Monthly Book Giveaway - January 2023

Sketchup Go Gurus

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Just bought the new Sketchup Go as my old SU 2017 had become extremely troublesome. I wanted to model a Cabriole leg but apparently there is no besier curve tool in Go?  If so that makes it about useless for my purposes. A quick SU forum check seemed to confirm this but I am hoping someone here knows the program or app well enough to give me a definitive answer. I still have time to cancel and request a refund.
Thanks

The early bird gets the worm but its the second mouse that gets the cheese.

23 Replies

I use 2018 as I believe their more recent upgrades are about as flawed as old woodworking forums... and I refuse to go subscription.
 



There are plugins still advertised on the Warehouse...

Other than that I can't offer much as I never have gotten the hang of the BZ curves...  I just use a swag of "48 segment" arcs magnified 1,000 times... working in metric  makes the unit change from mm to M easier. 

If your first cut is too short... Take the second cut from the longer end... LBD

Had no idea what Sketchup Go was....
What is SketchUp Go? SketchUp Go is a subscription-based version of SketchUp for Web that includes professional-level features as well as Trimble Connect for Business and email support.
Email support was never one of Trimble's strengths... at least not with the licensed versions.  Personally WEB based versions suck... if you have good connection, it may be usable, but then you depend on bandwidth and not the shekels you paid for a computer... gimme a break... bandwidth on a crappy computer is never gonna improve... I'd rather stick with the foibles of an older PC version without the wizz bang features that Trimble are too miserly to install/implement and depend on users to pay for plugin licenses... much as me being a SketchUp junkie, plugins are only feature that people need but the developers/owners couldn't be bother to implement.

If your first cut is too short... Take the second cut from the longer end... LBD

Thanks. Looks like Go is a web version only and doesn’t support curves. Fortunately I have two weeks to get out and get a refund.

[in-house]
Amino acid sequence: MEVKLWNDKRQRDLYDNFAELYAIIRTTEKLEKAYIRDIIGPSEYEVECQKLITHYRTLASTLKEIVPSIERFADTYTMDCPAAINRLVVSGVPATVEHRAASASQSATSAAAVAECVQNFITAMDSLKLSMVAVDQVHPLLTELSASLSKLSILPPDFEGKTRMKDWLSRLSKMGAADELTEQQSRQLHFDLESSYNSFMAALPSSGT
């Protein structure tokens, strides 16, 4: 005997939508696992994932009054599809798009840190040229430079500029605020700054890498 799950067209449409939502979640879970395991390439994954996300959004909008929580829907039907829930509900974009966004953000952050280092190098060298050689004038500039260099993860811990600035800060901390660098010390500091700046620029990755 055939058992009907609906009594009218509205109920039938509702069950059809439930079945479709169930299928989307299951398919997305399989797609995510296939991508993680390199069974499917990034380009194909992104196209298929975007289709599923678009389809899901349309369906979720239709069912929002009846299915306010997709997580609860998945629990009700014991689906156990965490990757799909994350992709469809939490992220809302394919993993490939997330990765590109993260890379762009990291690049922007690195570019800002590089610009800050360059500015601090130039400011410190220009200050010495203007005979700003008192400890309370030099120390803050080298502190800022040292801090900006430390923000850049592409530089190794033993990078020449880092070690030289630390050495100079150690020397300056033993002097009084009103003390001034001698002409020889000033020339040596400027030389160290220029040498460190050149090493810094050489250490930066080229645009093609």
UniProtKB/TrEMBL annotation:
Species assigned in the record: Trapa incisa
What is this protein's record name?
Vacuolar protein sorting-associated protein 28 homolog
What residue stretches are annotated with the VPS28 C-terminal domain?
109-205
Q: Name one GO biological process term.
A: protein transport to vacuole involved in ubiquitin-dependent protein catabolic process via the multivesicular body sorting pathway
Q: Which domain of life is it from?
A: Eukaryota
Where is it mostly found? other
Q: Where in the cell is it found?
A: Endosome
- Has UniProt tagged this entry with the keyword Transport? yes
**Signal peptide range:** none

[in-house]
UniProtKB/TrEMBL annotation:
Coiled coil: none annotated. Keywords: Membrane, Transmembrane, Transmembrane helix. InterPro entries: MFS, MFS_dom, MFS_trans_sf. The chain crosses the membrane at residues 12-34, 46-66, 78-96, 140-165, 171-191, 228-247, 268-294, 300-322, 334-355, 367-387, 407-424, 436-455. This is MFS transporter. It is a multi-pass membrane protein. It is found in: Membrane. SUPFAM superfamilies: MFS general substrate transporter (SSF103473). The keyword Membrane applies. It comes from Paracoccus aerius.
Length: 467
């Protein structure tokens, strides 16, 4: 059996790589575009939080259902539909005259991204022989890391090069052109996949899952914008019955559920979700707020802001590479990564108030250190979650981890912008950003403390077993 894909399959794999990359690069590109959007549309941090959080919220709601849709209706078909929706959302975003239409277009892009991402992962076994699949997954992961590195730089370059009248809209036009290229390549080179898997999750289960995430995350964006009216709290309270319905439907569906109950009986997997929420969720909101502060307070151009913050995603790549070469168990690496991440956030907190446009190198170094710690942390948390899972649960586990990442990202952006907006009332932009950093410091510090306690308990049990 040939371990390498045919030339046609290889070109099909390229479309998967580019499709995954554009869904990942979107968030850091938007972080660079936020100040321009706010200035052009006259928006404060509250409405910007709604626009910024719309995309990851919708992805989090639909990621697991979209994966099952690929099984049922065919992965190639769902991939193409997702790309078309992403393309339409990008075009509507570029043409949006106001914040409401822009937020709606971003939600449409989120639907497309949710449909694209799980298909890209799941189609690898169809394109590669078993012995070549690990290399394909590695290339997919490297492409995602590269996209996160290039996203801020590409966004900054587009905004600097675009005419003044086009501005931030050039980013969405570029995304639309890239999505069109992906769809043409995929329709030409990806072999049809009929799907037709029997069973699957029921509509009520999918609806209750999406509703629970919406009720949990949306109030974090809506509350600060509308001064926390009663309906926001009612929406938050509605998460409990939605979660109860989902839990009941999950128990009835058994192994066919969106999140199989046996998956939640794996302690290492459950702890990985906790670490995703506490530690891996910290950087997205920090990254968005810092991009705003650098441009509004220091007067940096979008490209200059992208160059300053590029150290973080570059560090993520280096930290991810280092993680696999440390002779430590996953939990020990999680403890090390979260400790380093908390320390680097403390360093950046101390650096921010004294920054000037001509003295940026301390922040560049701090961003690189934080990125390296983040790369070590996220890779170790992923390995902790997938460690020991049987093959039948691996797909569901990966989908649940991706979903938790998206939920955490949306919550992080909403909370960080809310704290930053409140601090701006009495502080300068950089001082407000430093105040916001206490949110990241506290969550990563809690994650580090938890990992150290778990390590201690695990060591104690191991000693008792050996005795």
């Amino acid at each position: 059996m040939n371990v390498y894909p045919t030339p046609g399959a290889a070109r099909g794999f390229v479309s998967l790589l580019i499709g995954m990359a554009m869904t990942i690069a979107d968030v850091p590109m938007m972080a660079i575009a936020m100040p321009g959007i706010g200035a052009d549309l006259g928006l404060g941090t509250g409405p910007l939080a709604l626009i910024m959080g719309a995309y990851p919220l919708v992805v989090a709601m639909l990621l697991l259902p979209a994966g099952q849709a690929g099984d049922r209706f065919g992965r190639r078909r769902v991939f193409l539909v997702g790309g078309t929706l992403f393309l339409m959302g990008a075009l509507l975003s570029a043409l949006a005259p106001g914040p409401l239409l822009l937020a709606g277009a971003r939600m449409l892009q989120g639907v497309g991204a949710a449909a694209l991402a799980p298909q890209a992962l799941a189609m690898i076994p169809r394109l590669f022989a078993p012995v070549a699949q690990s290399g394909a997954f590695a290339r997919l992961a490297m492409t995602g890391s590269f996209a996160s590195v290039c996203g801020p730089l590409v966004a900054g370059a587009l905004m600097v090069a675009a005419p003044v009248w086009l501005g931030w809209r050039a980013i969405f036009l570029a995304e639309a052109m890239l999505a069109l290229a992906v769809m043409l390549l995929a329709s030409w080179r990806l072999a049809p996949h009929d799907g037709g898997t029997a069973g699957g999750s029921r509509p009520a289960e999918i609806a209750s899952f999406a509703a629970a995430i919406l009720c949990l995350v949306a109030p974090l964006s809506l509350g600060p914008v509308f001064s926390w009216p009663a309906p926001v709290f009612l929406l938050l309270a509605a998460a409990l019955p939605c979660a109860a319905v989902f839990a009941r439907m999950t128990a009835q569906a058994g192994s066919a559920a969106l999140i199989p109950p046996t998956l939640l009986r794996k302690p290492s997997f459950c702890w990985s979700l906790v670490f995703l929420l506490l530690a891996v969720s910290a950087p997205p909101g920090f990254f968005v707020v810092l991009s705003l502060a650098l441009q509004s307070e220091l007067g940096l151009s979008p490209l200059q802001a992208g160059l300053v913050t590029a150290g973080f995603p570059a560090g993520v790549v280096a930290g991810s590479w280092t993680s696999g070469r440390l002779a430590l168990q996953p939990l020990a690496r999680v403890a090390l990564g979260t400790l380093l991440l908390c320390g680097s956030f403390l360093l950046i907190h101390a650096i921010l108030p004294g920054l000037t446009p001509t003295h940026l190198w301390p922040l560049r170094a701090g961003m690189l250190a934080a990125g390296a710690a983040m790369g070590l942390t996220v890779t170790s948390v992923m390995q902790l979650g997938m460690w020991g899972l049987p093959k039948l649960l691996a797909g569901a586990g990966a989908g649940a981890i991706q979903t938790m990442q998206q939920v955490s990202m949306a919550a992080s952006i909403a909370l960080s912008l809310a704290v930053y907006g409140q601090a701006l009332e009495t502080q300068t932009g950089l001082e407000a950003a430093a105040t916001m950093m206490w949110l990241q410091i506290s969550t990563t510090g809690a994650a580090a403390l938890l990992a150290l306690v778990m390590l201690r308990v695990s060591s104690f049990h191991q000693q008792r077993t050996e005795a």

A little research led me to Alibre Atom 3D which looks like it will get the job done.
…… and it’s less money 
…… and I get to own it
……. and I have 30 days to return it
……. and it was on 50% off for Black Friday sale

The early bird gets the worm but its the second mouse that gets the cheese.

I've been using Onshape.  It's free, and does Bezier curves and splines.  The only catch is that the free public option is limited to public projects only.  If you don't mind others being able to see your work, it's a great deal.

Half of what we read or hear about finishing is right. We just don’t know which half! — Bob Flexner

Thanks Rich. The BF special for Alibre was $99 and it’s a download, not a subscription so I’m going to give it a try. If it works for me it will be a good deal.

The early bird gets the worm but its the second mouse that gets the cheese.

There's also Fusion 360, which I've installed but not taken the time to learn yet.
+1 for OnShape.  I am still learning it and I have not used it for something like a cabriole leg yet but I found it much easier to learn than Fusion 360.  Their free online tutorials are excellent and when I need to do something a little more complex, I can usually find a tutorial for the feature I need.  One great thing about it is the parametric approach makes changes so much easier than what is required with Sketchup.  You can usually go back to an earlier step, tweak a sketch and have later steps adjust accordingly.    And Free is good.

--Nathan, TX. Hire the lazy man. He may not do as much work but that's because he will find a better way.

Thanks.
I’m working with Alibre Atom 3D at the moment. It sounds like what you are describing. You can go back and revisit individual past steps. The approach is totally different but so far I’m liking it.

The early bird gets the worm but its the second mouse that gets the cheese.

Update:
Alibre Atom 3D is a bust on the modelling of intersection extrusions, which is what cabriole legs are, also. The good news is they are very good to deal with and refunded my purchase with a smile.
…moving on to OnShape now I guess….
If all else fails I’ll just get the 30 day SU Pro trial and model the stupid leg! 🤣